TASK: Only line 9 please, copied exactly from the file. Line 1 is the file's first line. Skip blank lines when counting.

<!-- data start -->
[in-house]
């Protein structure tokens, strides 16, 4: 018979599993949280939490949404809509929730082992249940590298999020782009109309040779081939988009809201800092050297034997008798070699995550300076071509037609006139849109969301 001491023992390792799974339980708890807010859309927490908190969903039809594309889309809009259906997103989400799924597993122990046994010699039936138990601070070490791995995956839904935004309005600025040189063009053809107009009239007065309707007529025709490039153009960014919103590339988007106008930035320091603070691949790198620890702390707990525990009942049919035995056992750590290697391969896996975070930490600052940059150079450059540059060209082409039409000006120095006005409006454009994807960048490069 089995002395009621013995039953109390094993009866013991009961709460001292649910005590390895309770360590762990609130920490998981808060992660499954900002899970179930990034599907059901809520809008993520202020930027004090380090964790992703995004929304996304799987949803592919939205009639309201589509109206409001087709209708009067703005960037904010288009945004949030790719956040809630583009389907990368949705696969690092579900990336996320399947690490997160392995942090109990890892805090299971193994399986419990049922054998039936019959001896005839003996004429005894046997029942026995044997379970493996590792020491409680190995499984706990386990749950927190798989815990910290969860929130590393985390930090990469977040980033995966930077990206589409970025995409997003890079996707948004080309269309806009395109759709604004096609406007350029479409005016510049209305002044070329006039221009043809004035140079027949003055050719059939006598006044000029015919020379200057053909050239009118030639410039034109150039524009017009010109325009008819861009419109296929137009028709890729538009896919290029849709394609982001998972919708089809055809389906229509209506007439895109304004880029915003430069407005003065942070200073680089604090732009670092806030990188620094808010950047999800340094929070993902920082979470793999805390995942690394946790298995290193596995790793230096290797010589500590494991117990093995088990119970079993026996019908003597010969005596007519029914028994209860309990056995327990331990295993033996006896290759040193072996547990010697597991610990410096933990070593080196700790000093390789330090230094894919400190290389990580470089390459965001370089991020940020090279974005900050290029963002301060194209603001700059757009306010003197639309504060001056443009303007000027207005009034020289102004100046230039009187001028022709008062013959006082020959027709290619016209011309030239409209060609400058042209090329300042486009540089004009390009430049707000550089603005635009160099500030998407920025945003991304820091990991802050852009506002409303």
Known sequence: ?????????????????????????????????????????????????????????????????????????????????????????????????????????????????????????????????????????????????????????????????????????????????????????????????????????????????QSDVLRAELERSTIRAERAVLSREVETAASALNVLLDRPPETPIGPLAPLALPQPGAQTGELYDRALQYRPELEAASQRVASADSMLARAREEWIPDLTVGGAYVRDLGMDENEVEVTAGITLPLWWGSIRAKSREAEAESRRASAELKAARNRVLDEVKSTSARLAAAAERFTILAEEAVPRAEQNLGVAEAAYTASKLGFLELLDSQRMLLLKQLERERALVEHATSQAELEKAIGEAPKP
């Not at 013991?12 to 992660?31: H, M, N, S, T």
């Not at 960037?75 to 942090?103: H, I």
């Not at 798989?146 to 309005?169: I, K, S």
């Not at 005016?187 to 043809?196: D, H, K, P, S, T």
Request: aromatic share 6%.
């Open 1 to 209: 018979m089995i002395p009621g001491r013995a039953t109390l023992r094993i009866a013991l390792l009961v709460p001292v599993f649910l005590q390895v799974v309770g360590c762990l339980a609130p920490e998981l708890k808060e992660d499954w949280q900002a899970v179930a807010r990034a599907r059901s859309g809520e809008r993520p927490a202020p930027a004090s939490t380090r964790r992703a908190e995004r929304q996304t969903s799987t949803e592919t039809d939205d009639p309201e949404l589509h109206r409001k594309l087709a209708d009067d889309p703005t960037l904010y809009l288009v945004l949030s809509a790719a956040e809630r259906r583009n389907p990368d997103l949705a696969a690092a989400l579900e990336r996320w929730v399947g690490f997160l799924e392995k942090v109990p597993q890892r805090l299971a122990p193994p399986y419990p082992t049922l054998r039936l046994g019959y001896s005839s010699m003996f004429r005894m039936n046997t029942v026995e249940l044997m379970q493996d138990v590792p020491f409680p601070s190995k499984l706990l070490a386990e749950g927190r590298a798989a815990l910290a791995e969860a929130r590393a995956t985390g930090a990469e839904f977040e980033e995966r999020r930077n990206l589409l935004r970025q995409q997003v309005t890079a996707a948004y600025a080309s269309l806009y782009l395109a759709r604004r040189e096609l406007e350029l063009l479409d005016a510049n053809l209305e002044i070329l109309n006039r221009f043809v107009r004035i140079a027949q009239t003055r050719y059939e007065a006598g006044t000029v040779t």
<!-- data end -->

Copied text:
């Open 1 to 209: 018979m089995i002395p009621g001491r013995a039953t109390l023992r094993i009866a013991l390792l009961v709460p001292v599993f649910l005590q390895v799974v309770g360590c762990l339980a609130p920490e998981l708890k808060e992660d499954w949280q900002a899970v179930a807010r990034a599907r059901s859309g809520e809008r993520p927490a202020p930027a004090s939490t380090r964790r992703a908190e995004r929304q996304t969903s799987t949803e592919t039809d939205d009639p309201e949404l589509h109206r409001k594309l087709a209708d009067d889309p703005t960037l904010y809009l288009v945004l949030s809509a790719a956040e809630r259906r583009n389907p990368d997103l949705a696969a690092a989400l579900e990336r996320w929730v399947g690490f997160l799924e392995k942090v109990p597993q890892r805090l299971a122990p193994p399986y419990p082992t049922l054998r039936l046994g019959y001896s005839s010699m003996f004429r005894m039936n046997t029942v026995e249940l044997m379970q493996d138990v590792p020491f409680p601070s190995k499984l706990l070490a386990e749950g927190r590298a798989a815990l910290a791995e969860a929130r590393a995956t985390g930090a990469e839904f977040e980033e995966r999020r930077n990206l589409l935004r970025q995409q997003v309005t890079a996707a948004y600025a080309s269309l806009y782009l395109a759709r604004r040189e096609l406007e350029l063009l479409d005016a510049n053809l209305e002044i070329l109309n006039r221009f043809v107009r004035i140079a027949q009239t003055r050719y059939e007065a006598g006044t000029v040779t």